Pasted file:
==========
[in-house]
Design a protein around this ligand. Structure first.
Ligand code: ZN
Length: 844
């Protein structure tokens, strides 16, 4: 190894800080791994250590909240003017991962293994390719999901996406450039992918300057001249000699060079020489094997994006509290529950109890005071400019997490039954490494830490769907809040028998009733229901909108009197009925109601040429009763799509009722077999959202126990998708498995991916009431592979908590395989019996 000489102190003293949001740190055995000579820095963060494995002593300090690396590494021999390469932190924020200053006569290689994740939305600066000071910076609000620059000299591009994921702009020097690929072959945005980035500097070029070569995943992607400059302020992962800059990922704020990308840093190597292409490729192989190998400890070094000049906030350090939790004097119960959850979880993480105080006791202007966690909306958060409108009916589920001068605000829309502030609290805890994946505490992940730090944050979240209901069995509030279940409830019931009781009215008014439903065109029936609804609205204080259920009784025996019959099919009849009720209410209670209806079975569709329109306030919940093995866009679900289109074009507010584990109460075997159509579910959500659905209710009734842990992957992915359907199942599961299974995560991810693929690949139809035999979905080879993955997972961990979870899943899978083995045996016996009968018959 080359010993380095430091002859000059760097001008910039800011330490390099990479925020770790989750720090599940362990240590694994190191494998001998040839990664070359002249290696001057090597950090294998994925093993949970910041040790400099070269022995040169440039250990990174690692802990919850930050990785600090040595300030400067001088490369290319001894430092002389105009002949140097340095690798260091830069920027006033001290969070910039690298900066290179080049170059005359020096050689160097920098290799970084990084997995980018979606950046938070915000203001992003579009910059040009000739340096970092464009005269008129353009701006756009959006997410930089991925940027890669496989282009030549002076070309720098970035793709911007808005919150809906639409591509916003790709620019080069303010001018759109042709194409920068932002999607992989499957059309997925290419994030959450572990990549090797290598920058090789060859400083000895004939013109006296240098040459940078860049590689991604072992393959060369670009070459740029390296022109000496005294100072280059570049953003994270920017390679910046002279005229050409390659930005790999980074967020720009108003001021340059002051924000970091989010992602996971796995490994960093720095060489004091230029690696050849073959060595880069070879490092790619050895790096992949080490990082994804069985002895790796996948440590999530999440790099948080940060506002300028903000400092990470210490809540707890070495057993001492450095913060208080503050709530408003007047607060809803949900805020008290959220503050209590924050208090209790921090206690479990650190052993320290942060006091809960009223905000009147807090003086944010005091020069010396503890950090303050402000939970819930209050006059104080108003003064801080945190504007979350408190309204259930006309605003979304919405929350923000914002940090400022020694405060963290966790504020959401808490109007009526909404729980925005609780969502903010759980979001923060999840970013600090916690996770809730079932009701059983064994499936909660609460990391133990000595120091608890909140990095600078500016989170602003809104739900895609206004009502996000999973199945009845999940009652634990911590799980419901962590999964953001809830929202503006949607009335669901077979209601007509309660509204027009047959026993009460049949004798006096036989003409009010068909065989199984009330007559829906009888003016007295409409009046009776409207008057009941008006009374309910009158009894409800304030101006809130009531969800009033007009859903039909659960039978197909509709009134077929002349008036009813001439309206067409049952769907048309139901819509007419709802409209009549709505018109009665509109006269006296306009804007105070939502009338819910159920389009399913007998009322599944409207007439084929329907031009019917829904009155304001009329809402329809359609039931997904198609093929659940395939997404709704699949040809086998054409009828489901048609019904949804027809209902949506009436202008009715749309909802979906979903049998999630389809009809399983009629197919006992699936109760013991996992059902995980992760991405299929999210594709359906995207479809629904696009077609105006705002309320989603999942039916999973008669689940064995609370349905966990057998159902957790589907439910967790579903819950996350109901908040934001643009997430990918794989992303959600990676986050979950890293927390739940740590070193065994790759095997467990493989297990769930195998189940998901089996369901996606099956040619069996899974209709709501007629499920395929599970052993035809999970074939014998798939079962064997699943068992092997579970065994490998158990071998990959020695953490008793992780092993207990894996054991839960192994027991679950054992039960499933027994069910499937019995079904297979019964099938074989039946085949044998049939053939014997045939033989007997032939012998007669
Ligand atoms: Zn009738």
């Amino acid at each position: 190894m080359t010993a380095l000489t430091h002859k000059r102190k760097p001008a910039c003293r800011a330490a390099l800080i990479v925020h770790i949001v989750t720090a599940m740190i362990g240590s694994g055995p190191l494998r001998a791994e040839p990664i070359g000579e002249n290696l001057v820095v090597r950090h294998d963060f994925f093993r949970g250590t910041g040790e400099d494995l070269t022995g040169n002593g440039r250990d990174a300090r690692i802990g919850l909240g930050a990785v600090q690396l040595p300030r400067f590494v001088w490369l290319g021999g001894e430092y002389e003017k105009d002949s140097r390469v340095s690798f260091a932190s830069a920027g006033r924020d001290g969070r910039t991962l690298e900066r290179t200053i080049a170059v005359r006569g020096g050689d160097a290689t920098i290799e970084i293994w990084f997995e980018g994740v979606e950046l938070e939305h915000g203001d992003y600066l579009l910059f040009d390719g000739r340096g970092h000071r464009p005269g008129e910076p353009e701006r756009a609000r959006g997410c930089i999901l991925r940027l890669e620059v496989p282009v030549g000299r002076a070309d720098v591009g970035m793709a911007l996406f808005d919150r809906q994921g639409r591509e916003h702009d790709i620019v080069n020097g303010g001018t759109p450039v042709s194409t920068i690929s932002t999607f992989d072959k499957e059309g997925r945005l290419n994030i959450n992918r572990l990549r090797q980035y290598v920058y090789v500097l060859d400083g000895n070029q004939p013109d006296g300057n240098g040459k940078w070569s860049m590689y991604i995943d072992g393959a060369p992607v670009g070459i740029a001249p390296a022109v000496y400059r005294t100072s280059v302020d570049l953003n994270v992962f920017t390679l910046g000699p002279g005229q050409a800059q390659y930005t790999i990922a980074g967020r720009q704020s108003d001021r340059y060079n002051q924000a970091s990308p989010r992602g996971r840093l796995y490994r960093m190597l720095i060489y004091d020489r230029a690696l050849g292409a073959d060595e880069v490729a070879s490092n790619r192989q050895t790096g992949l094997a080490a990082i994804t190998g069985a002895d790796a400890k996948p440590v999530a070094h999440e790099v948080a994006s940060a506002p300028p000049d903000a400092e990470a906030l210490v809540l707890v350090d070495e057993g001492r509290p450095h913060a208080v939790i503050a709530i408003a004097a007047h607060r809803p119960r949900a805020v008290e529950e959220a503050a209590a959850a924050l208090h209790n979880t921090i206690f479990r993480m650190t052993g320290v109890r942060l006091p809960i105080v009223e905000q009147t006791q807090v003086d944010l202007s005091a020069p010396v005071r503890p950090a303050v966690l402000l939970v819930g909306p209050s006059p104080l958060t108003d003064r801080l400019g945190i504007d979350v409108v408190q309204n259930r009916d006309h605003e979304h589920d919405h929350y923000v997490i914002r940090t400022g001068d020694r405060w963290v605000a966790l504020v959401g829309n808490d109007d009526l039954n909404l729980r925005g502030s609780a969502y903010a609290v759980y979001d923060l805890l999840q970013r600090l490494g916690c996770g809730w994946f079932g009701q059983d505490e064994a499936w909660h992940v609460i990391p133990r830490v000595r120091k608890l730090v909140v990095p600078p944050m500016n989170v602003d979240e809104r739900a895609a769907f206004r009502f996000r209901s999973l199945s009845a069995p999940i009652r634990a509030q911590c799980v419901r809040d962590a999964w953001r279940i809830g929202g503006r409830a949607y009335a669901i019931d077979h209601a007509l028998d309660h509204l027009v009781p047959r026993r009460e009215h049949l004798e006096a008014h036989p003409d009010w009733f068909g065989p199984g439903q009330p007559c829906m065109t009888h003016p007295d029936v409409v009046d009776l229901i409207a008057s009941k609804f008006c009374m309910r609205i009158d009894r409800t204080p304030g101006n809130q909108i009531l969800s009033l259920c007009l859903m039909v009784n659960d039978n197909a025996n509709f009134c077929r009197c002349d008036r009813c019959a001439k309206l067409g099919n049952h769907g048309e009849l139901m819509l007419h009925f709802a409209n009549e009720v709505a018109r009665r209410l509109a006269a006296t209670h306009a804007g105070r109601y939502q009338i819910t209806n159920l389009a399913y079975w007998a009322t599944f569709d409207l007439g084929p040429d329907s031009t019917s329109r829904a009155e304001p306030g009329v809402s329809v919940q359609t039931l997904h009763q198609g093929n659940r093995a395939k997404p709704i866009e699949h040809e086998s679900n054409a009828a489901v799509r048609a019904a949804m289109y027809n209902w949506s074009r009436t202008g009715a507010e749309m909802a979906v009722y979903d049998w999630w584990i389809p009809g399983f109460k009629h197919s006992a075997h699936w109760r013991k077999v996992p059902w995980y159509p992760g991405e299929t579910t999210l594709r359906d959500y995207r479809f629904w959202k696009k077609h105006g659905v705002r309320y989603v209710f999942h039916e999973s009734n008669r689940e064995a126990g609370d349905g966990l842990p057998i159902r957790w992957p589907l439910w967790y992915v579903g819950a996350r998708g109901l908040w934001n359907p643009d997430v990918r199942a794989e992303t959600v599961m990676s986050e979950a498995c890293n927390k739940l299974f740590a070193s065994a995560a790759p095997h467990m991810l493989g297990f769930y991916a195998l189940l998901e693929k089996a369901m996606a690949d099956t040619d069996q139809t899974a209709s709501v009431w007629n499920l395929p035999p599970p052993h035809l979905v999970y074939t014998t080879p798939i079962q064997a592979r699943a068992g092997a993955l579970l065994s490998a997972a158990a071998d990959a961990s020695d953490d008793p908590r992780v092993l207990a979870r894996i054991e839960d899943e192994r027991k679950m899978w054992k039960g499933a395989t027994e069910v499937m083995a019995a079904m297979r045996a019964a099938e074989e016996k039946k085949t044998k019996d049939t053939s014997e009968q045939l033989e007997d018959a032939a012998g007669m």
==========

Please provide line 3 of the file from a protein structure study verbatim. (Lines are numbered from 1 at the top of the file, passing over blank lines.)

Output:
Ligand code: ZN